At some point, Paul-Charles learned the trade of building construction, and it’s likely that he got well-experienced at it. On April 10, 1644, he married a woman named Marie Jeannet in La Rochelle. The day of the wedding, he renounced his Protestant religion so he could become a Catholic. The young couple had a daughter born the following year, but within a couple of years, both his wife and his child seem to have died.

Some major events in Paul-Charles’ life happened in 1647. On May 1st of that year, he was imprisoned at the palace of La Rochelle for an unknown crime. Then shortly after he was released, he decided to migrate to New France; no doubt his expertise in carpentry was a big factor in why he was recruited. The exact dates of his trip, and the name of the ship that brought him are missing from the records. His arrival in New France must have been before September 15th, though, because he and a friend were hired that day to build a house and a barn on the Ile d’Orleans. For their work, the two men were paid 800 livres and 20 pots of brandy to divide between them.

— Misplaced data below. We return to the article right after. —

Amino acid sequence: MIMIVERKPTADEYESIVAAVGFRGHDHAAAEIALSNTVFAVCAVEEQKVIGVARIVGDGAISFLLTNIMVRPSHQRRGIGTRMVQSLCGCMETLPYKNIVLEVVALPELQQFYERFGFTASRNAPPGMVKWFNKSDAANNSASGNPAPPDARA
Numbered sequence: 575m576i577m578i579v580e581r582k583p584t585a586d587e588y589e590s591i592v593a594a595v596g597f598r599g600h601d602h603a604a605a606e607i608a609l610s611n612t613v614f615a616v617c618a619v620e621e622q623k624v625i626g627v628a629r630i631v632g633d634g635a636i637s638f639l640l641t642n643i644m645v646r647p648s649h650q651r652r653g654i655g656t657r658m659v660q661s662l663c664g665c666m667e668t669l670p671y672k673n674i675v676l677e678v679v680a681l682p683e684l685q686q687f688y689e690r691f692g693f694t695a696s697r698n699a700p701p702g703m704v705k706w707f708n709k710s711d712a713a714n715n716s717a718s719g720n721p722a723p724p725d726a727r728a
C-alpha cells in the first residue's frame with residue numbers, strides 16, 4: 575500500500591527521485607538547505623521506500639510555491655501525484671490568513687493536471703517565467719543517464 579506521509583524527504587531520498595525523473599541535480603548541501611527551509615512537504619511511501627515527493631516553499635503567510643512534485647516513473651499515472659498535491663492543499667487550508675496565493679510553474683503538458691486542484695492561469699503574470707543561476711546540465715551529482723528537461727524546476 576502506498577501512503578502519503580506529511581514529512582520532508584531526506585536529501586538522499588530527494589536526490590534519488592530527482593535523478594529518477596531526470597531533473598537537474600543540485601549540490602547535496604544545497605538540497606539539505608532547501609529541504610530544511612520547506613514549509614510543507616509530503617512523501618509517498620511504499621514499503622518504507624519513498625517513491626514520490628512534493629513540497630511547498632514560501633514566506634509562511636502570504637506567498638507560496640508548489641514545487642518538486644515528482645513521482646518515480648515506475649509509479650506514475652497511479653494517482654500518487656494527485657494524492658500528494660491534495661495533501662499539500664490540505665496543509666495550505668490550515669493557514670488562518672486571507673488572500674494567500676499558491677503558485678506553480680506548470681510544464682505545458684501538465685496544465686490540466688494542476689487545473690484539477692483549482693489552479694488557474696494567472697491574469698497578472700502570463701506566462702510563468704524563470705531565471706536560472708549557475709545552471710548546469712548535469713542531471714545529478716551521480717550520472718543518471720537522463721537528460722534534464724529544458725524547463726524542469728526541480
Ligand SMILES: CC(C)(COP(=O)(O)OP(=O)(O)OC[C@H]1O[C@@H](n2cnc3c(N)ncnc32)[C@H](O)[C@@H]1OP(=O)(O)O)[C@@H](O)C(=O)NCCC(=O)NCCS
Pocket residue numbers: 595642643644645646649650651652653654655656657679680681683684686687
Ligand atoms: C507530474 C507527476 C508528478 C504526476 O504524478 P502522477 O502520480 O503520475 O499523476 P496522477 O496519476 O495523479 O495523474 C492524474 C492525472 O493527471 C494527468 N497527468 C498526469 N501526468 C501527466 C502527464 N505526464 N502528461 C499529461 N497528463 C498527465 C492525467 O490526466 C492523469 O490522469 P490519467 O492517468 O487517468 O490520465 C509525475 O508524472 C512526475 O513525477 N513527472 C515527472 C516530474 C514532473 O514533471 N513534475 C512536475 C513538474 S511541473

At age 35, Paul-Charles decided to find a new bride, and he married the 16-year-old daughter of a Quebec City settler, Jacquette Archambault, on September 28, 1644. Jacquette’s 12-year-old sister was married to another man on the same day, so it was a double ceremony. Paul-Charles and Jacquette had fourteen children together, born between 1649 and 1673, only one of whom died as an infant.

Paul-Charles had several construction contracts over the next few years; he specialized in the framework for buildings. In 1649, he worked on a windmill for Jacques LaNeuf for a payment of 1,000 livres, two barrels of flour and a barrel of lard. A few years later, in 1653, he made the frame for a building that was 20’ x 18’. The following year he did the same for two houses on some settlers’ properties. In another project that year, he constructed a cellar for a house. He needed help on these projects and he hired an apprentice to work with him.  In 1652, he built a house for own family on a grant of land he received in a section near Quebec City called La Canardiere. The property had 3 arpents of river frontage and was 40 arpents deep.

Constructing buildings wasn’t the only occupation Paul-Charles had; he dabbled for a time in eel fishing. He also maintained a farm, reporting in the 1666 census that he had 14 arpents under cultivation. He continued into the 1660s and 1670s as a carpenter, and he constructed the framework on at least two more windmills.